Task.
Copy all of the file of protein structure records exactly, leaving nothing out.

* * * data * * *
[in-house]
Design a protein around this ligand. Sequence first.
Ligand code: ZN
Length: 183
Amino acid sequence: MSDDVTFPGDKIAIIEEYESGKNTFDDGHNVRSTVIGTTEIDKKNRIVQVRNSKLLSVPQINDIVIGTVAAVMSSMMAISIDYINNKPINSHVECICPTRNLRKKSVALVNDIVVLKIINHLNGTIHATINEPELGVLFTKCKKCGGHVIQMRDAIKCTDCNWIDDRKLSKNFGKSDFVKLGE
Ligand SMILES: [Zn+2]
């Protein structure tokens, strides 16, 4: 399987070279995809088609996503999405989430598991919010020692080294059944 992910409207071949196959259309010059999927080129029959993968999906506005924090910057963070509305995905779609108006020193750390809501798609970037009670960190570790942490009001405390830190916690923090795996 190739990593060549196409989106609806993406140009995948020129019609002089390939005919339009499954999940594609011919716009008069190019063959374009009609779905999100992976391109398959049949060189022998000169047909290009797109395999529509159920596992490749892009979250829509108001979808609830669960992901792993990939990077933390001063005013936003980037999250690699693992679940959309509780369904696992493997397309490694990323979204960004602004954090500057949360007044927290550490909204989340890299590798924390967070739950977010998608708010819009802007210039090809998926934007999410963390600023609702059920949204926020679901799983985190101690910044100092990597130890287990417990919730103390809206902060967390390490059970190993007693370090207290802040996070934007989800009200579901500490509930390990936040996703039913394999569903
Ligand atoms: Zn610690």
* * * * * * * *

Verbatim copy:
[in-house]
Design a protein around this ligand. Sequence first.
Ligand code: ZN
Length: 183
Amino acid sequence: MSDDVTFPGDKIAIIEEYESGKNTFDDGHNVRSTVIGTTEIDKKNRIVQVRNSKLLSVPQINDIVIGTVAAVMSSMMAISIDYINNKPINSHVECICPTRNLRKKSVALVNDIVVLKIINHLNGTIHATINEPELGVLFTKCKKCGGHVIQMRDAIKCTDCNWIDDRKLSKNFGKSDFVKLGE
Ligand SMILES: [Zn+2]
């Protein structure tokens, strides 16, 4: 399987070279995809088609996503999405989430598991919010020692080294059944 992910409207071949196959259309010059999927080129029959993968999906506005924090910057963070509305995905779609108006020193750390809501798609970037009670960190570790942490009001405390830190916690923090795996 190739990593060549196409989106609806993406140009995948020129019609002089390939005919339009499954999940594609011919716009008069190019063959374009009609779905999100992976391109398959049949060189022998000169047909290009797109395999529509159920596992490749892009979250829509108001979808609830669960992901792993990939990077933390001063005013936003980037999250690699693992679940959309509780369904696992493997397309490694990323979204960004602004954090500057949360007044927290550490909204989340890299590798924390967070739950977010998608708010819009802007210039090809998926934007999410963390600023609702059920949204926020679901799983985190101690910044100092990597130890287990417990919730103390809206902060967390390490059970190993007693370090207290802040996070934007989800009200579901500490509930390990936040996703039913394999569903
Ligand atoms: Zn610690």